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Minneapolis Fed President Goes Woke, Does Political Lobbying, Ignores Inflation

The Fed has a dual mandate. Political activism isn't one of them.
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Neel Kashkari

Minneapolis Fed president Neel Kashkari is involved in educational activism and justifiably received a cease and desist letter from Senator Pat Toomey. 

Excerpts (Emphasis Mine)

Dear President Kashkari: I write regarding the Federal Reserve Bank of Minneapolis’s (Minneapolis Fed) active and political lobbying efforts to change Minnesota’s constitution on K-12 education policy. These political lobbying efforts by you and other Minneapolis Fed officials, which the board of the Minneapolis Fed has shockingly endorsed, are well beyond the Federal Reserve’s mandate, violate Federal Reserve Bank policies, constitute a misuse of Minneapolis Fed resources, and ultimately undermine the Federal Reserve’s independence and credibility. 

For more than two years, you have been improperly using your position as president of the Minneapolis Fed and Minneapolis Fed resources to aggressively lobby Minnesotans to support the Page Amendment, an amendment to the Minnesota constitution that you helped develop and would create a new “fundamental right to a quality public education.”  This amendment is highly political, as it wades into an ongoing debate about whether government-run school systems are preferable to parental choice in education. It is also controversial because it could be used by liberals to challenge education spending levels in court and give activist judges grounds for overriding levels set by the state’s legislature, which is elected by and accountable to voters.  

Setting aside the merits of your proposal, these political lobbying efforts on the issue of K-12 education are well beyond the Federal Reserve’s mandate. Nowhere in the Federal Reserve’s governing statute is there a mention of education policy.  

Instead of engaging in mission creep, the Minneapolis Fed should focus on its day job of fighting the runaway 40-year-high inflation that the Federal Reserve has allowed to spiral out of control. Furthermore, it is improper for Federal Reserve officials to use their official positions and Federal Reserve resources to lobby in support of a specific public policy proposal—on any subject, let alone one that is far outside the Federal Reserve’s narrow statutory mandate—or to be engaged in political activity of any kind. Federal Reserve Bank policies explicitly prohibit political activities in order to preserve the Federal Reserve’s independence.  

Moreover, you have publicly stated that your purpose for supporting the Page Amendment is explicitly political: your aim is “to solve a political problem” by using the law to “break through the political gridlock” on education issues.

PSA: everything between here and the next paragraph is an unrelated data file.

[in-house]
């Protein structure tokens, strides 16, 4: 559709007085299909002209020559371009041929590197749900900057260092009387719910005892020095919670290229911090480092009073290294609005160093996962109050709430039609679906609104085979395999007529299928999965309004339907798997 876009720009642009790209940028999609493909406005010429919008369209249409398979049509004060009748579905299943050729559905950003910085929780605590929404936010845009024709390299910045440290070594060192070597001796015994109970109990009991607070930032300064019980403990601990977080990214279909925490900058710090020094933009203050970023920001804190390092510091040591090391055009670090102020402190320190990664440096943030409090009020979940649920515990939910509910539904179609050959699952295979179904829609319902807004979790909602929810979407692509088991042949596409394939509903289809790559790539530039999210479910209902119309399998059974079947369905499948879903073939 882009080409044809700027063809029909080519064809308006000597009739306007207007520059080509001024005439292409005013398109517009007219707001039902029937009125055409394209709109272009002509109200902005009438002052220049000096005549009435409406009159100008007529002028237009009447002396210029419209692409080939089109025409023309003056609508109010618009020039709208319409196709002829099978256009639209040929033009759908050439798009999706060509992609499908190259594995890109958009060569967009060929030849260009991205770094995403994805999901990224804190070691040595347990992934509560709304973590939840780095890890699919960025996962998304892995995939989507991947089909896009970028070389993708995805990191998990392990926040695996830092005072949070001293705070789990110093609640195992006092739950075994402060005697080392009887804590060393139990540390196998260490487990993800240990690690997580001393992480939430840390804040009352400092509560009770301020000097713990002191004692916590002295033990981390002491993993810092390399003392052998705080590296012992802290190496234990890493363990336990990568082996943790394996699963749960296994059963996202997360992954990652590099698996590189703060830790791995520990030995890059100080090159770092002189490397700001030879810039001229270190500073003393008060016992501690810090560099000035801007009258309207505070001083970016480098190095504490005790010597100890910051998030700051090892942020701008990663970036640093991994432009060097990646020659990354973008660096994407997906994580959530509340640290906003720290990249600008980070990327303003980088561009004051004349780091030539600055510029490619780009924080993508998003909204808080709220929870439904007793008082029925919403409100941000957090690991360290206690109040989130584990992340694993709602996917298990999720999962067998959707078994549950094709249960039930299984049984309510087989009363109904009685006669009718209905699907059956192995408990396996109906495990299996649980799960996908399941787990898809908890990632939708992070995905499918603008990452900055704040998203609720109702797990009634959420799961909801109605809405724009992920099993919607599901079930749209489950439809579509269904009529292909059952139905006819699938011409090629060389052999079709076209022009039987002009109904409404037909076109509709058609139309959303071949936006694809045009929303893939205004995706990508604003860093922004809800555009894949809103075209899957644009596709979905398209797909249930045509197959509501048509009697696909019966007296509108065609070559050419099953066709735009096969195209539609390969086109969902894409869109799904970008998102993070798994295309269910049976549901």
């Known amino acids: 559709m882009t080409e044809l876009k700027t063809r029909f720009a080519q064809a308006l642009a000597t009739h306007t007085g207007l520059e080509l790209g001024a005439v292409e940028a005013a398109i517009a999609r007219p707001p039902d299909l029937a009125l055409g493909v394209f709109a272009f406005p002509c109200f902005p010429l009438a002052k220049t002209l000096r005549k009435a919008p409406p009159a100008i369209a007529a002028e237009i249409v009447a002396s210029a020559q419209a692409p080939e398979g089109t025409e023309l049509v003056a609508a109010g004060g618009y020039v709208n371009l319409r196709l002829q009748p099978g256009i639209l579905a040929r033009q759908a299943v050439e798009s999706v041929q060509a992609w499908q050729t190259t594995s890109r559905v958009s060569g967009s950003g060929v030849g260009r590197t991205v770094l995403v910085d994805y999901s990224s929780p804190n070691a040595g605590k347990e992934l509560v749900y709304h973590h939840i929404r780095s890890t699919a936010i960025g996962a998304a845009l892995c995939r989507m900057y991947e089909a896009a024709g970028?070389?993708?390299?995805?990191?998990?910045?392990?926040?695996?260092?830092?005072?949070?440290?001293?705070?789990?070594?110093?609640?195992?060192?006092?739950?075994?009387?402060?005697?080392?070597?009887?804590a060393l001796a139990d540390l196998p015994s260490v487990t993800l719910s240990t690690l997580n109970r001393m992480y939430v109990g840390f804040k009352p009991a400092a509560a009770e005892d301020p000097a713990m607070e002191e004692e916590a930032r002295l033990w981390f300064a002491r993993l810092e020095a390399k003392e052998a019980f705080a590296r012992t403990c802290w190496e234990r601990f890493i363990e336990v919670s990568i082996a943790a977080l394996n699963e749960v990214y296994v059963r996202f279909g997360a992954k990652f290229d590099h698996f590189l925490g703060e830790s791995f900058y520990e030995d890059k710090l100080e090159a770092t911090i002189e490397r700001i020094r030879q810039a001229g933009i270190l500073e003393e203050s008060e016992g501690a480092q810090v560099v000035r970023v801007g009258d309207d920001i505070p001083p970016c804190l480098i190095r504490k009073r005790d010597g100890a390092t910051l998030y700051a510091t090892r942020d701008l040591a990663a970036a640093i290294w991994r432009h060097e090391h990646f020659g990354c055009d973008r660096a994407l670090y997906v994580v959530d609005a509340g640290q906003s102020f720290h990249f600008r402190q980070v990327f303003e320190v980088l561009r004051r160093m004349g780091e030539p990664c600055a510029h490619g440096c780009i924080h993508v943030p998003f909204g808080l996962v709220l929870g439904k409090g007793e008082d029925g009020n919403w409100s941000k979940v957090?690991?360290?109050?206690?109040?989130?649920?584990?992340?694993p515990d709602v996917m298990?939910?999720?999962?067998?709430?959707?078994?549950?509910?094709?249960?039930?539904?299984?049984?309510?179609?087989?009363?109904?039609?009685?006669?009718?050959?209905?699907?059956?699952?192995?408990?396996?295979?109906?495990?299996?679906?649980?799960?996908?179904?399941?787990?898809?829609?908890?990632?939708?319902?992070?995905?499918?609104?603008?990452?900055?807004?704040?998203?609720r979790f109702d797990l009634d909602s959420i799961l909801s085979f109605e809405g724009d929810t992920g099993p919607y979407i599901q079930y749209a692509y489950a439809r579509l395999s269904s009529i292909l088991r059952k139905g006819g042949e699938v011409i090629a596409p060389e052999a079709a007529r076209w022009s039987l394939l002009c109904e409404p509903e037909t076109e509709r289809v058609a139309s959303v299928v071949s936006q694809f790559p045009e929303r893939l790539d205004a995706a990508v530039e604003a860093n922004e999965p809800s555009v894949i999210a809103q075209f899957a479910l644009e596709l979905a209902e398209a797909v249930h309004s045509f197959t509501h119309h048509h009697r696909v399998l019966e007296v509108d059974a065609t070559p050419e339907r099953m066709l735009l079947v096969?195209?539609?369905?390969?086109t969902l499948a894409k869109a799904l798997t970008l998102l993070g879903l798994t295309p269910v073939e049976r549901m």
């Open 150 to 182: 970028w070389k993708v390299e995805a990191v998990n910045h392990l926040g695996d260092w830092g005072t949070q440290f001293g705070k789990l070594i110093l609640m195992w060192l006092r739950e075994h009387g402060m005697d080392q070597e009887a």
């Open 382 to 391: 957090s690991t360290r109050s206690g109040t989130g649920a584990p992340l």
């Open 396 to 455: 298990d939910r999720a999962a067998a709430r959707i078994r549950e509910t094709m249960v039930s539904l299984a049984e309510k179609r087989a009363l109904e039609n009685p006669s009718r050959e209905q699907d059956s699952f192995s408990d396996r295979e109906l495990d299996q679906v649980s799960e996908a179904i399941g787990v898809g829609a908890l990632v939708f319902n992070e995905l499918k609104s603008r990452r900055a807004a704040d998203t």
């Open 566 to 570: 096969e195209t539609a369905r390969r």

Unfortunately, the Minneapolis Fed, under your leadership, has embraced politically-charged social causes far outside of the Federal Reserve’s statutory mandate. When I asked for records about these activities, the Minneapolis Fed engaged in unacceptable stonewalling of this legitimate Congressional oversight request by refusing to provide any records.  

The Federal Reserve was given independence to insulate monetary policy from politics. Congress, however, has a responsibility to ensure that the Federal Reserve does not become a political actor. In order to prevent further damage to the independence and credibility of the Minneapolis Fed, I urge you to cease these political lobbying efforts that are well beyond the Federal Reserve’s mandate.  

Toomey pointed out that not only is Kashkari's activism outside of Congressional mandate, it's also outside the bylaws of the Minneapolis Fed charter as well.

Toomey proposed Congress should examine whether the historical regional Federal Reserve Bank structure is still appropriate. According to Toomey, many of the original functions of the regional banks have been superseded by advancements in finance and commerce. Therefore, it may make sense to eliminate the Federal Reserve Banks entirely by having the Fed Board assume their responsibilities. Alternatively, Congress might consolidate them into fewer regional banks, making each a permanent voter on the Federal Open Market Committee.

Toomey copied Fed Chair Jerome Powell, numerous board members of the Federal reserve and numerous board members of the Minneapolis Fed. 

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Well done Senator Toomey. 

This post originated on MishTalk.Com.

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